sent by Girija to him in 2002. Valentine day’s card sent by Girija to the
appellant does not help him to probablise his alleged good conduct. In the
facts of this case it appears to us to be an effort made by Girija to
please the appellant. The photographs were produced in the court to show
that Girija was taken to religious places and hill stations. Trial court
has rightly not placed reliance on them. As regard the photographs it has
observed that in the photographs Girija is seen standing alone and,
therefore, on the basis of these photographs it cannot be said that the
appellant had taken her to religious places or for honeymoon. Perhaps to
create an impression that Girija was suffering from depression, the
appellant comes out with a story that Girija used to consume pills everyday
and when he enquired about it she used to give evasive answers. According
to him she used to lead a life of an introvert and she preferred
loneliness. She never watched T.V., she never read any newspapers or
books. When he asked her about it she stated that she had an eye problem.
He has further gone on to say that he blamed Girija’s parents that they had
suppressed her eye trouble from him and got her married to him. He further
goes on to say that for this reason she was not willing to give birth to a
child. This story is palpably false and is a crude attempt to create an
impression that Girija was mentally unstable. No such evidence is brought
on record. In this connection, at the cost of repetition, it must be stated
that the trial court has rejected the defence of the appellant that Girija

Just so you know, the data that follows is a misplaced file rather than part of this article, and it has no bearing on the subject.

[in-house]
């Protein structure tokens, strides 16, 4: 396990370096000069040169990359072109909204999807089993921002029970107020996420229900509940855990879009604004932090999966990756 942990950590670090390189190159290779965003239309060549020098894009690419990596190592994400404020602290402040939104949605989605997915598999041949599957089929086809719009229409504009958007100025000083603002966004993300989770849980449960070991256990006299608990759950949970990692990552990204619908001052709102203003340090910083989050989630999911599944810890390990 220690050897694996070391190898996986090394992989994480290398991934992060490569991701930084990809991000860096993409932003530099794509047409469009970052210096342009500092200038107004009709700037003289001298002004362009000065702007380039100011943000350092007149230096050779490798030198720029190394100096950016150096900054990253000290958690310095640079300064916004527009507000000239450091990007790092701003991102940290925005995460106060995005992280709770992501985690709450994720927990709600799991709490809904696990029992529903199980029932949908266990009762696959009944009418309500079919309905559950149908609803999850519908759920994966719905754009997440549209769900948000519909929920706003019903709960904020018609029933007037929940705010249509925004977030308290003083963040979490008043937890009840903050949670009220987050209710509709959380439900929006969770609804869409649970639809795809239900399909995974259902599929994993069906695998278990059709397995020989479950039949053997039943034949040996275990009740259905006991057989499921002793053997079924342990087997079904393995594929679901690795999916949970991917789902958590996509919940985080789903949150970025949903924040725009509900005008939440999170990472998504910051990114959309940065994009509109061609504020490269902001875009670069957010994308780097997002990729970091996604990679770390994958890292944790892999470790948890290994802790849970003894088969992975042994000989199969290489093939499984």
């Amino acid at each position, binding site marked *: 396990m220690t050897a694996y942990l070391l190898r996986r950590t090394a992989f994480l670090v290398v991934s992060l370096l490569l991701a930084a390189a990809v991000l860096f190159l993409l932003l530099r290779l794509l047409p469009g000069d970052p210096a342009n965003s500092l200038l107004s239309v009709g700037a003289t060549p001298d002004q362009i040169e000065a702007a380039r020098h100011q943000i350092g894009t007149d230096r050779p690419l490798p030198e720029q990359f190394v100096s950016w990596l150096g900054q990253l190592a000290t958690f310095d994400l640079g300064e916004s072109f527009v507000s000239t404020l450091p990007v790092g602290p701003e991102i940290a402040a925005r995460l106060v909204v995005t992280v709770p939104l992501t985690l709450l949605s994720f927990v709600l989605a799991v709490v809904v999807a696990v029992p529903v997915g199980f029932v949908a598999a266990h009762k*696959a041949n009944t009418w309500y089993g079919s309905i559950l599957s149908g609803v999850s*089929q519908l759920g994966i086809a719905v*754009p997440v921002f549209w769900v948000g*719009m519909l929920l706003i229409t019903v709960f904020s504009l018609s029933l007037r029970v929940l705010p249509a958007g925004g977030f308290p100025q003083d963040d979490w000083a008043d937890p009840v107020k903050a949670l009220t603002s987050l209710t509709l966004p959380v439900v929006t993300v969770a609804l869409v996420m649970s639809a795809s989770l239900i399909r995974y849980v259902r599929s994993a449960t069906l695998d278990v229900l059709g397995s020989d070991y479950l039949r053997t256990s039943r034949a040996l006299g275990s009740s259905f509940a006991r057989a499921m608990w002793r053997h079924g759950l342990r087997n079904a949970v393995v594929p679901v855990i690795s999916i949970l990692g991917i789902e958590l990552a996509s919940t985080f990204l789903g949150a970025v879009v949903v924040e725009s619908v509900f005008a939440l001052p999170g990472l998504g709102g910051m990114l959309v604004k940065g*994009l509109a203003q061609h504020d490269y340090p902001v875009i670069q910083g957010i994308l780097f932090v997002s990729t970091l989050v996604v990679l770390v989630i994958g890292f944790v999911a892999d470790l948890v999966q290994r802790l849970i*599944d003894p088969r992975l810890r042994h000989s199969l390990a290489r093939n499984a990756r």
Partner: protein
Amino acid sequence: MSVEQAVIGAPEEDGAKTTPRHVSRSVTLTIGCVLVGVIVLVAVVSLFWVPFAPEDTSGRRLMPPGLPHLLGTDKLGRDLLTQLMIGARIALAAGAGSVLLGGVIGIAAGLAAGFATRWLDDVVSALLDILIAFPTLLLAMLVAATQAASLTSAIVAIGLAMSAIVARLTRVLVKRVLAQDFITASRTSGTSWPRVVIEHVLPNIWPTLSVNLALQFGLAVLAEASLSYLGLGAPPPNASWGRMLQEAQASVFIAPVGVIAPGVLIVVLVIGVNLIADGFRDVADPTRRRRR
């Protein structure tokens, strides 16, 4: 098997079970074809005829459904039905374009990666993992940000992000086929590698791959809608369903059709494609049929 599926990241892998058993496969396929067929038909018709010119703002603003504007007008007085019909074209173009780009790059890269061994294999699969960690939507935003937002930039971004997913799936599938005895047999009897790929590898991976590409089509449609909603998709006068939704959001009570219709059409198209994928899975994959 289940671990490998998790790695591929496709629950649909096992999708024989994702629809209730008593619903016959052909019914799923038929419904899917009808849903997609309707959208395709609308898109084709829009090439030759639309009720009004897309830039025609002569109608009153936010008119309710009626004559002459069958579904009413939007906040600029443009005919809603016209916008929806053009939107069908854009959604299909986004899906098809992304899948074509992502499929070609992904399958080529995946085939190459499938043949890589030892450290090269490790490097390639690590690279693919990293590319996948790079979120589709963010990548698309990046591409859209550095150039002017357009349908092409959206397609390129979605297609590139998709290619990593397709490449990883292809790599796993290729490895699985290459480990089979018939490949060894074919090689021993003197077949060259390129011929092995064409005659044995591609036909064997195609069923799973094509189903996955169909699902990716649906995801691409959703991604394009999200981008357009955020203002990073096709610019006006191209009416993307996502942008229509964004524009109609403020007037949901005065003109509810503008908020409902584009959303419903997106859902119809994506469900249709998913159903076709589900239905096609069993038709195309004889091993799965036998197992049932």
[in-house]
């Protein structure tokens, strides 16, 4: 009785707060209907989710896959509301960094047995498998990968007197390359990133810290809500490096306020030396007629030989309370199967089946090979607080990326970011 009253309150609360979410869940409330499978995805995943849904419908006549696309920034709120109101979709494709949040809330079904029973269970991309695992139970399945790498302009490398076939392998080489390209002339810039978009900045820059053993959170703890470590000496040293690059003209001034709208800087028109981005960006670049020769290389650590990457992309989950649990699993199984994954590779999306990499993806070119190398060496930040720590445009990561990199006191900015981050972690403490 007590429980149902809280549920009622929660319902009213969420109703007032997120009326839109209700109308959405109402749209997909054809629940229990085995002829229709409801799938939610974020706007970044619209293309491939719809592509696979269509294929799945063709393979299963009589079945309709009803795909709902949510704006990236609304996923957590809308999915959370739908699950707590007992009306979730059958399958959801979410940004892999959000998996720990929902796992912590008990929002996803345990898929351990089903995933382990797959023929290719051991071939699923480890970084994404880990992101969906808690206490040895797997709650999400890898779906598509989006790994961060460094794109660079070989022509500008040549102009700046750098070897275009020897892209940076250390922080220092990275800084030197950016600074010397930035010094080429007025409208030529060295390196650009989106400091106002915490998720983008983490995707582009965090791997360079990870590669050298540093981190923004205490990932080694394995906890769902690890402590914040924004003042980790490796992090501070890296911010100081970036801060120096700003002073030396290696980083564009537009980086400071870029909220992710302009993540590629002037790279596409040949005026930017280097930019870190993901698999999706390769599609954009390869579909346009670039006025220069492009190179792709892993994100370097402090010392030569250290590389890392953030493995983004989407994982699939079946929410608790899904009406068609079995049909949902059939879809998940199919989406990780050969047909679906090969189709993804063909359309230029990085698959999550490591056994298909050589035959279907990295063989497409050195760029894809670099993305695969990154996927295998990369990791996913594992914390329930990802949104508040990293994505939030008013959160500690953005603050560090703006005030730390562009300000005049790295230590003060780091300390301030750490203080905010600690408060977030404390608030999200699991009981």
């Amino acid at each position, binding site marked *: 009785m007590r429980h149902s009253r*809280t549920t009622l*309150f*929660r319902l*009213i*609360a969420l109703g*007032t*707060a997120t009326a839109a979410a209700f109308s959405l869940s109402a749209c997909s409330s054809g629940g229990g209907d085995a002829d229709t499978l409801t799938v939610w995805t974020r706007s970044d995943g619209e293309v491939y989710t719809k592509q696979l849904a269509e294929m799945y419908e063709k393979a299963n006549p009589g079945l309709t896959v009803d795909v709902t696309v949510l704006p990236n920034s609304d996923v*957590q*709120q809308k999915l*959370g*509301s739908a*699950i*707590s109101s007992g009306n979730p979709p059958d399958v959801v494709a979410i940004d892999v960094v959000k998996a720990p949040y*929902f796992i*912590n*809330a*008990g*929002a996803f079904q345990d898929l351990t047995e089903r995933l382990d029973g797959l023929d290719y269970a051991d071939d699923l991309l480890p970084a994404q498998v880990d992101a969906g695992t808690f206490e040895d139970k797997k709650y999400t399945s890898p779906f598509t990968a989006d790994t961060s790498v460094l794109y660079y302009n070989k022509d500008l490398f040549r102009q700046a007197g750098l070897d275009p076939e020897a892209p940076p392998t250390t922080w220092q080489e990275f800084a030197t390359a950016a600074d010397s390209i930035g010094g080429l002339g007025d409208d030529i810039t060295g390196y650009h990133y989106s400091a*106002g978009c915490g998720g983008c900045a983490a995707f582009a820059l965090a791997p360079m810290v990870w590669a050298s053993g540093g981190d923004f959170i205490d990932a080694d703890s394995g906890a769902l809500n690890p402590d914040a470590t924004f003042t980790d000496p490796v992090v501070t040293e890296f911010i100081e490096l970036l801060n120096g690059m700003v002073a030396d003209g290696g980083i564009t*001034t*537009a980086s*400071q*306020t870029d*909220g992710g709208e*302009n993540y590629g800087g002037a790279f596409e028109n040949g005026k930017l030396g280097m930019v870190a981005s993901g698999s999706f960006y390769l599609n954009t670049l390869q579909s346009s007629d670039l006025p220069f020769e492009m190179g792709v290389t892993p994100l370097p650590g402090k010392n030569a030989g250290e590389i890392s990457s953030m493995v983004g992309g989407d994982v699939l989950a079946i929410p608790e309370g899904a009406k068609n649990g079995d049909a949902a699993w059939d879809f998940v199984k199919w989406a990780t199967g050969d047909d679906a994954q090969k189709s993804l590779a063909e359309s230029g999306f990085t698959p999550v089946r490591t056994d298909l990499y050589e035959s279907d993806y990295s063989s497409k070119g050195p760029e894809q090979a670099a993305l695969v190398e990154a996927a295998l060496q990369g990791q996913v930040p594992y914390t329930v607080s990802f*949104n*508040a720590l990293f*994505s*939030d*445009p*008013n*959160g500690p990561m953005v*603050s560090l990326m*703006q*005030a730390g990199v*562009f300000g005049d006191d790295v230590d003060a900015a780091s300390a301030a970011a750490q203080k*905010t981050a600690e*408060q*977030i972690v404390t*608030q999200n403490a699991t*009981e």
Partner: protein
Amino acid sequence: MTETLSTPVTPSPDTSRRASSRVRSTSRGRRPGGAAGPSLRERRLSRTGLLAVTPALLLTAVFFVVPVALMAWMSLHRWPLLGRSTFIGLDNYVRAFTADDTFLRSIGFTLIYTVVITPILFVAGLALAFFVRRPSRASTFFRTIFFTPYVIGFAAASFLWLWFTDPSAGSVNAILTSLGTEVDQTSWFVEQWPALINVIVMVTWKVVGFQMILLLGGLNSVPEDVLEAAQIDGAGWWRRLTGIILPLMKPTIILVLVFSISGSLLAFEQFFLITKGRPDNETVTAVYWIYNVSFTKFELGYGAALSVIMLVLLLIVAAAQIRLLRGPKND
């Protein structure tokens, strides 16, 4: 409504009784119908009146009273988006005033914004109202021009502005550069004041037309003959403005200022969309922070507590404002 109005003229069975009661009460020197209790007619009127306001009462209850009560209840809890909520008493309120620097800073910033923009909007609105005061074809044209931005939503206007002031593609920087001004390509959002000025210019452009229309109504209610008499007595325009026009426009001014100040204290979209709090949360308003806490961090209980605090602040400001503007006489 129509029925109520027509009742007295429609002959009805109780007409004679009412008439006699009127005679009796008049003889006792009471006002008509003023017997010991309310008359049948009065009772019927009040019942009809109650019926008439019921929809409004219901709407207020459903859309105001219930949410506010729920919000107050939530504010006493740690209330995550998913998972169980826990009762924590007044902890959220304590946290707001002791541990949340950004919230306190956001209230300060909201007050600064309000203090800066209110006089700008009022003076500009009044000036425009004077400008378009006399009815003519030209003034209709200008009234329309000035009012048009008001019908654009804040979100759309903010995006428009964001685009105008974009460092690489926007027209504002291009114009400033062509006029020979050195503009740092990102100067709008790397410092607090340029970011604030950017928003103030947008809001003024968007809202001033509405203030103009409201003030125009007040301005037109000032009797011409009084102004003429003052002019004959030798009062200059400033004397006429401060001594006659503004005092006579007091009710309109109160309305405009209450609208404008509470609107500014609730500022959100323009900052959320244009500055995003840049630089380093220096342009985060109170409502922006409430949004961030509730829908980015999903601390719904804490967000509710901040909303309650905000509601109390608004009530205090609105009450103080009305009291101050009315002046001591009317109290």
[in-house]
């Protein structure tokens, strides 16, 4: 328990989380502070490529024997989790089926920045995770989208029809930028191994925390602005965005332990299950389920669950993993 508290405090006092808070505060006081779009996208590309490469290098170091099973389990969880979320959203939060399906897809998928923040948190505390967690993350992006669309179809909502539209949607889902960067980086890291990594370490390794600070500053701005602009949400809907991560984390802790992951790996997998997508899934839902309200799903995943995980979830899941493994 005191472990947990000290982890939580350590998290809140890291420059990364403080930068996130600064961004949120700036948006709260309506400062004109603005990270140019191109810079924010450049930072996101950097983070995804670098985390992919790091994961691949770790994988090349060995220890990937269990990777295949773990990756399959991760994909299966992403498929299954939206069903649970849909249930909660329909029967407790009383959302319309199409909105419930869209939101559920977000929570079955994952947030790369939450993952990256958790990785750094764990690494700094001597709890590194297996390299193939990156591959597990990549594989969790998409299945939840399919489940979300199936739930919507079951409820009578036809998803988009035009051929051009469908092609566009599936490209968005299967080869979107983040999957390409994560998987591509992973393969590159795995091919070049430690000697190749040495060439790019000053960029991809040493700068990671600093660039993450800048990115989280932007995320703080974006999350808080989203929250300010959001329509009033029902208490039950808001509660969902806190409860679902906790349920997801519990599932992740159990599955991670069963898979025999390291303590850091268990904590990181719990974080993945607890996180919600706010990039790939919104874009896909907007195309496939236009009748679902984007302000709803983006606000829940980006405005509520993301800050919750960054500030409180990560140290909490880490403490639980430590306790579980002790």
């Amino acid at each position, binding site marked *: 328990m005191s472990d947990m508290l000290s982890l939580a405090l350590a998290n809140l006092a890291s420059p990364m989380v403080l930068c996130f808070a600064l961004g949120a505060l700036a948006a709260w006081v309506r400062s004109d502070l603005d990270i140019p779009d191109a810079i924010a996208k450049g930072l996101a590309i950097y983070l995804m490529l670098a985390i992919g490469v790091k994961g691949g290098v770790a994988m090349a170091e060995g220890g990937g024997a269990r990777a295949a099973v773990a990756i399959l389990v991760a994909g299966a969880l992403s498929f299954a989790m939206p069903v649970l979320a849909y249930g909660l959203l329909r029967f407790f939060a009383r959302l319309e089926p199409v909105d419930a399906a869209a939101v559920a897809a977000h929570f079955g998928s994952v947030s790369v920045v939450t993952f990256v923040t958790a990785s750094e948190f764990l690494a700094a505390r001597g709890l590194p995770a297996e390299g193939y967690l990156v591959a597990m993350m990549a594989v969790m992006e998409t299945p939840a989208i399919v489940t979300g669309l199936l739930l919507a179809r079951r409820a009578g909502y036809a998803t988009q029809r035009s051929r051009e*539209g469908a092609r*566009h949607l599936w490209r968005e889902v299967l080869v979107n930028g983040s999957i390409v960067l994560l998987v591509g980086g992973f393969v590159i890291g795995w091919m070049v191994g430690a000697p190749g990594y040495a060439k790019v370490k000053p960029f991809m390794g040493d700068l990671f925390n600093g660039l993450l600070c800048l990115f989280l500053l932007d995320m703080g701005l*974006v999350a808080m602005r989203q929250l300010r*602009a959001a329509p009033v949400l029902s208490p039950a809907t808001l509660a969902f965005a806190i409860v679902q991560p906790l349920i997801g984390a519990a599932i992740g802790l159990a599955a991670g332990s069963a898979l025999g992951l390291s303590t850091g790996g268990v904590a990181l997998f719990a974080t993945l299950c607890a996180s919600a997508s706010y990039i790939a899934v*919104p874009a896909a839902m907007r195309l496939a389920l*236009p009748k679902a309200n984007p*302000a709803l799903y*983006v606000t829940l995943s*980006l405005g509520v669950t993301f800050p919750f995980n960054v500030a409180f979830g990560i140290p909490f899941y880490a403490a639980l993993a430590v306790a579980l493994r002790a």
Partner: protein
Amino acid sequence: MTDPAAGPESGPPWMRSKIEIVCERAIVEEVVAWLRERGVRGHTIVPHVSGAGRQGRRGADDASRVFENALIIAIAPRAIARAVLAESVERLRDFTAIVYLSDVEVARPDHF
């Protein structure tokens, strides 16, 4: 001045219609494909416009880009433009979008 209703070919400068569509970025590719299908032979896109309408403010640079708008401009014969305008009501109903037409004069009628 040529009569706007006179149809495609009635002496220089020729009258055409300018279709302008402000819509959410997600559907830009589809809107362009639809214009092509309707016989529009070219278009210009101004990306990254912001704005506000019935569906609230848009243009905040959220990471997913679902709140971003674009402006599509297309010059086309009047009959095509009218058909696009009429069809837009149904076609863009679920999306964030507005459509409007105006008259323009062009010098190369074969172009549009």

had lost her eye sight even before her marriage and that this fact was
concealed from him. The trial court has observed that Girija was a
graduate. If she had really lost eye sight, the appellant and his parents
would have noticed the defect earlier. Further part of the explanation
which refers to the appellant’s alleged conduct of getting Girija examined
by Dr. Kumta, an eye specialist and allegedly giving her money for
operation will have to be understood against the background of above facts.
We are not inclined to believe that the appellant took Girija to an eye
specialist and if he did take Girija to an eye specialist we have no manner
of doubt that it was too late in the day. The evidence on record clearly
indicates that Girija received injury on her cheek and to her eye after
marriage. She had no eye trouble before marriage. The injury was
certainly not self-inflicted. Circumstances on record clearly establish
that Girija received the eye injury in the matrimonial home and the
appellant was responsible for it.
12. We are wary of passing comments against the subordinate courts
because such comments tend to demoralize them. But, in this case, we will